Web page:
Food as a rocket fuel of living organisms

Animals including humans are eukaryotic heterotrophic organisms whose source of energy and building materials are organic compounds that have been produced by photoautotrophic organisms (mainly plants, but also cyanobacteria or algae). The primary source of energy on Earth is the Sun, and heterotrophic organisms obtain it through autotrophic organisms.

Getting energy through digestion

Thus, heterotrophic organisms obtain energy and building substances by digestion of food. They feed on biomass which was produced by photoautotrophic organisms (cyanobacteria, algae, plants) as producers. Heterotrophic organisms from this point of view are called consumers because they consume what the producers have created. Consumers are then divided into herbivores, carnivores and omnivores. Herbivores feed exclusively on plants, carnivores on meat and omnivores feed on both.

Human being

Humans can be classified as omnivores; it is natural for them to consume plant and animal foods and various products made from them. In this context, the issue of vegetarianism or veganism as alternative nutritional dietary styles is often debated. It is generally accepted that animal products contain some substances (amino acids or vitamins) which cannot be completely substituted by the herbal form. Therefore, it is inappropriate and risky in terms of health to lead children from an early age to vegetarianism because there may be disturbances in growth and development in general.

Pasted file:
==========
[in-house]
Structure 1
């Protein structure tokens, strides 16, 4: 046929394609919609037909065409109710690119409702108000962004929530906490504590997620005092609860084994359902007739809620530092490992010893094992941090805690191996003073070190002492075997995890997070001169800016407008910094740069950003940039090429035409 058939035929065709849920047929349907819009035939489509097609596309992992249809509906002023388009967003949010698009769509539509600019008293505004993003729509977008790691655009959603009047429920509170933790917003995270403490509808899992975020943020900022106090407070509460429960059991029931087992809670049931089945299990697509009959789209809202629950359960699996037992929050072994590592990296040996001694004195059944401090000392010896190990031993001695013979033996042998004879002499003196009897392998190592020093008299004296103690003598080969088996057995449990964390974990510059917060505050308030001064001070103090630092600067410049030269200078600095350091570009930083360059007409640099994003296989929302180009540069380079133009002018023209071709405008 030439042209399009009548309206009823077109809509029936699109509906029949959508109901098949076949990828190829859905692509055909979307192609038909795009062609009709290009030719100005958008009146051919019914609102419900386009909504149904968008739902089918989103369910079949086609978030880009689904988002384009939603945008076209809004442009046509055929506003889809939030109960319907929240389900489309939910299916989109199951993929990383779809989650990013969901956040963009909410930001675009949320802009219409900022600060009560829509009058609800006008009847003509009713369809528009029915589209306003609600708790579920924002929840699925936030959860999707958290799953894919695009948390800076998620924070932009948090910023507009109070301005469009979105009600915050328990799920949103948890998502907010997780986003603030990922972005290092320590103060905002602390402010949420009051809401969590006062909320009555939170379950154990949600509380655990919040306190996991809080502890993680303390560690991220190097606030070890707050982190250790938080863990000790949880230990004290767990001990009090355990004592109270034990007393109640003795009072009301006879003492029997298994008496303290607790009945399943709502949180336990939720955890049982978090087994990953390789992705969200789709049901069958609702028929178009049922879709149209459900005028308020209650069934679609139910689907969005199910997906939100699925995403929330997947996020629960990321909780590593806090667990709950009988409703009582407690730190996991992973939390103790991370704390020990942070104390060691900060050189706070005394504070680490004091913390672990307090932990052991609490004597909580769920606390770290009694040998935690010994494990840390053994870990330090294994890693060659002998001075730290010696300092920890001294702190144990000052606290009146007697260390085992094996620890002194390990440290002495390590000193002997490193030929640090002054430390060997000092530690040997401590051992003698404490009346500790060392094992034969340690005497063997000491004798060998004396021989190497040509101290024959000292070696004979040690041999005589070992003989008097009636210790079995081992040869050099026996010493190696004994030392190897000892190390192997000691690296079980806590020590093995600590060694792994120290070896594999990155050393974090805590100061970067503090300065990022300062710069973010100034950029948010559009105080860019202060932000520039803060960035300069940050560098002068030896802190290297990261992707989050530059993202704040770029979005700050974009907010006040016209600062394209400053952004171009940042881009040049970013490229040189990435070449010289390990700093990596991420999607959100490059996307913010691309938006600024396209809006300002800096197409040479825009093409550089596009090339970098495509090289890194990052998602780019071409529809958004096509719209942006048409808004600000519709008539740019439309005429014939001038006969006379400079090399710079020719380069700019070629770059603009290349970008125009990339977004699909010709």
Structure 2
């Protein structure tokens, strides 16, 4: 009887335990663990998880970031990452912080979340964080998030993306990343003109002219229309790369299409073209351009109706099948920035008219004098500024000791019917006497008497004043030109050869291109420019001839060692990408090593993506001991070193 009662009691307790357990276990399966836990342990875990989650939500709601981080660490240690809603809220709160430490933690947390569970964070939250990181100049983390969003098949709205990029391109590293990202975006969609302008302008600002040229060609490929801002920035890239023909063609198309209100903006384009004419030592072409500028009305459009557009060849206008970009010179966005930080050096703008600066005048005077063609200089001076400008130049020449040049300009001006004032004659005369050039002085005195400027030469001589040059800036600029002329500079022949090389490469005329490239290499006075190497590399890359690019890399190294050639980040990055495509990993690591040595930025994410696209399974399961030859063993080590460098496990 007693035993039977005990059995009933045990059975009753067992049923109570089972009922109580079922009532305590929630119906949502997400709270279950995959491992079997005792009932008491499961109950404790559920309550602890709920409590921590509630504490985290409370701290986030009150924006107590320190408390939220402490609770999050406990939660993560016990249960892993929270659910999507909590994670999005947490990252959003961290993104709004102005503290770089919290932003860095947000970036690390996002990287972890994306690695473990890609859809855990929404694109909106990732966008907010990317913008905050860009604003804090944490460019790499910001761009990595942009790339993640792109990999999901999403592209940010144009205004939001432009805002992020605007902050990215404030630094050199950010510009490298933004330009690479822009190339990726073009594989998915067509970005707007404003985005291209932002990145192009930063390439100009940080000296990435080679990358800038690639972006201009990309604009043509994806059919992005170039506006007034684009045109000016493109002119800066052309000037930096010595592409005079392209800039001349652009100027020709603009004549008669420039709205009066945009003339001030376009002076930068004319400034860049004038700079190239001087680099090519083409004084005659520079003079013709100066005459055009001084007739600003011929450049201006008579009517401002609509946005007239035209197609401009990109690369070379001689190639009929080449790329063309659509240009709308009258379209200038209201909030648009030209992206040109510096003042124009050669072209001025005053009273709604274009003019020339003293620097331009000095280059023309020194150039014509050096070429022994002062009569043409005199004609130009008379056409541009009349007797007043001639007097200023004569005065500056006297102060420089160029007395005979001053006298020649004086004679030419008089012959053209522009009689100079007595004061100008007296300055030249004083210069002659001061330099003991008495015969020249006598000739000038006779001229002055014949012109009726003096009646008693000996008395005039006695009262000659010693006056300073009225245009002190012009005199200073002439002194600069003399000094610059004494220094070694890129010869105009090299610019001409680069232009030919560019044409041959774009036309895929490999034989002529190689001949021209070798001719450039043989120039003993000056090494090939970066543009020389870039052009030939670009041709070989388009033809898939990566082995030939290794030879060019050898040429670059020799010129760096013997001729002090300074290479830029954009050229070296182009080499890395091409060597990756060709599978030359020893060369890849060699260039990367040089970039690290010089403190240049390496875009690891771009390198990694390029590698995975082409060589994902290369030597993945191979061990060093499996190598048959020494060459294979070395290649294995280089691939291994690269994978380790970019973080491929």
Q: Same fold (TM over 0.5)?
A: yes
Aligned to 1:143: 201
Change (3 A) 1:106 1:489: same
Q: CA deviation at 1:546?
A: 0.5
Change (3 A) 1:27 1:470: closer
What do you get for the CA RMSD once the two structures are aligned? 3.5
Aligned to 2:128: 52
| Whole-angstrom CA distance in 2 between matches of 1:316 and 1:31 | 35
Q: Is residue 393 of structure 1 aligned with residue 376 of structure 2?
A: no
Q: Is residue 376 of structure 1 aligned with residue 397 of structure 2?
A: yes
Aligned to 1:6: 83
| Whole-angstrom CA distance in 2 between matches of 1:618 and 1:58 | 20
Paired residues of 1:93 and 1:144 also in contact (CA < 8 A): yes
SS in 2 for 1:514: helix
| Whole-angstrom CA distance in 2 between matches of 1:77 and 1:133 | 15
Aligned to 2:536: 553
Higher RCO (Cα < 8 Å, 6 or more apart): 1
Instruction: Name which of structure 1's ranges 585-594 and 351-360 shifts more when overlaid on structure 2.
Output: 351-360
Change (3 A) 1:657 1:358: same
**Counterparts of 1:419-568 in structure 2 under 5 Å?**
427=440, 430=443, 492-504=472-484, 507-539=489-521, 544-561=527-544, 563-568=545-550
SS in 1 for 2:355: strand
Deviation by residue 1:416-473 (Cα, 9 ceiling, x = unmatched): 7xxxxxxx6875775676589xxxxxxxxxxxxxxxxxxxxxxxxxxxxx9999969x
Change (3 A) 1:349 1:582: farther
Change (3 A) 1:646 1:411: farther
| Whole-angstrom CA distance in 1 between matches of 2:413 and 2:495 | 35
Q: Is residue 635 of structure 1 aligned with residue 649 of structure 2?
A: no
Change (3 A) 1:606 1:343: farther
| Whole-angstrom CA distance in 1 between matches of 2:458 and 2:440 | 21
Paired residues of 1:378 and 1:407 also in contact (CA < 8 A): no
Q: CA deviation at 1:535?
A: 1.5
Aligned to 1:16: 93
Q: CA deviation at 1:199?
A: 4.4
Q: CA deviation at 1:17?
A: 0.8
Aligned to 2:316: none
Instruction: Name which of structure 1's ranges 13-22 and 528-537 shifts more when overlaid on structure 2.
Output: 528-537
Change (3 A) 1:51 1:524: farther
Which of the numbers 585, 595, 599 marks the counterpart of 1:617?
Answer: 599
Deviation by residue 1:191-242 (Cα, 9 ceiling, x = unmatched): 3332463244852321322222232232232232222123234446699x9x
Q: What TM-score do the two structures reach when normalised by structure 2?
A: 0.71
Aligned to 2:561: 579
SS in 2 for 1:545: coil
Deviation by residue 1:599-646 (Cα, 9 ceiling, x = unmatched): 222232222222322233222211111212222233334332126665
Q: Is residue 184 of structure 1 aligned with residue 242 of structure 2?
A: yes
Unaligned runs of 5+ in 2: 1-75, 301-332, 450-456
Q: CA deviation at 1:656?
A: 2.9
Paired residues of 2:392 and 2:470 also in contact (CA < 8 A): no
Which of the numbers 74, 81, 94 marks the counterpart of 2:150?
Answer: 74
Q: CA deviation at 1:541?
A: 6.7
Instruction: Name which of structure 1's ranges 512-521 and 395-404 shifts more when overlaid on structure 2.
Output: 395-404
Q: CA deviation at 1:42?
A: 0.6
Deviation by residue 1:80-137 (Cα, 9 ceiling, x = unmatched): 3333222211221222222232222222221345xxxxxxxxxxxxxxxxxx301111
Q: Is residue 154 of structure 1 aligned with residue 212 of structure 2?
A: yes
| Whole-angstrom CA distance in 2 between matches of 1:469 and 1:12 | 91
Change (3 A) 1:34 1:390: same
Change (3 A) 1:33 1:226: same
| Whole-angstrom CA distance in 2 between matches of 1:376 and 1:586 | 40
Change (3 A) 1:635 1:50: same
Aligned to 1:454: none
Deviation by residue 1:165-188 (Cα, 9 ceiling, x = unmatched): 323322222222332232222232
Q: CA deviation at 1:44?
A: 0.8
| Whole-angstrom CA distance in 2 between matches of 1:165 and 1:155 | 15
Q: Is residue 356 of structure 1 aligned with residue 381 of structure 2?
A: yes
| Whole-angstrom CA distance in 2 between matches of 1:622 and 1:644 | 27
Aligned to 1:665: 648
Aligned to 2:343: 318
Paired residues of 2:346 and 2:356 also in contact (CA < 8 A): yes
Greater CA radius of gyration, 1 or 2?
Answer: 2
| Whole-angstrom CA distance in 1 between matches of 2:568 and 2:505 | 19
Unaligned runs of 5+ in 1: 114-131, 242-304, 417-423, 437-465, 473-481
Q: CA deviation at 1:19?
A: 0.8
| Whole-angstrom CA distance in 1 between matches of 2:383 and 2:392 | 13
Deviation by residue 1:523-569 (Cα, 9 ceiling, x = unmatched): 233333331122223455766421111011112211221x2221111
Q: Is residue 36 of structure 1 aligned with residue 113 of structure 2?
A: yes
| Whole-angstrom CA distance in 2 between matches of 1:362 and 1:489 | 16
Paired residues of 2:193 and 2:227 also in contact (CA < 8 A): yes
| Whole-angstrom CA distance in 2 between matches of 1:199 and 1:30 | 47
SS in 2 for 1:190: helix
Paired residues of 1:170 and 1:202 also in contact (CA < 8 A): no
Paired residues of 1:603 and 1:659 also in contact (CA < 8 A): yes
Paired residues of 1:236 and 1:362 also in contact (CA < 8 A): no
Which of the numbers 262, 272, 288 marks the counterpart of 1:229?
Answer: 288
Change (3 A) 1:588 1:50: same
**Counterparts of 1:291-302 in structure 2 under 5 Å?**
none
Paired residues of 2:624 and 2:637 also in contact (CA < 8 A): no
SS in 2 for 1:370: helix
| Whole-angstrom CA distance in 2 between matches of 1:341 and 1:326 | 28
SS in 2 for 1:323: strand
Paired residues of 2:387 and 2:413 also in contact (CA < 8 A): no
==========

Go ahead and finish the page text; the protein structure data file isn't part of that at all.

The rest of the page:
Eating disorders

In the context of nutrition in children, eating disorders such as obesity, anorexia nervosa, bulimia nervosa and others are often discussed. One of the causes is the inappropriate treatment of food in families, when it is attributed too large or, conversely, insufficient significance. Both extremes can subsequently lead to the child not eating enough of varied foods, eating little or overeating. The current problem is also catering in school canteens and buffets. Here we can also include the issue of healthy snacks that children bring from home or buy at school.

In general, the diet of children should be as varied as possible. It should contain all groups of nutrients – carbohydrates, proteins and fats. Wholemeal bread, vegetables and fruits are recommended as a source of carbohydrates. The source of proteins can be cheese, yoghurt or high-quality ham or legumes. The source of fats can be vegetables and animal fats. Children usually do not have a problem with cholesterol, so it is not a problem to spread butter on the bread for their snacks instead of less digestible hydrogenated vegetable fats. The source of vitamins and minerals is fruit and vegetables.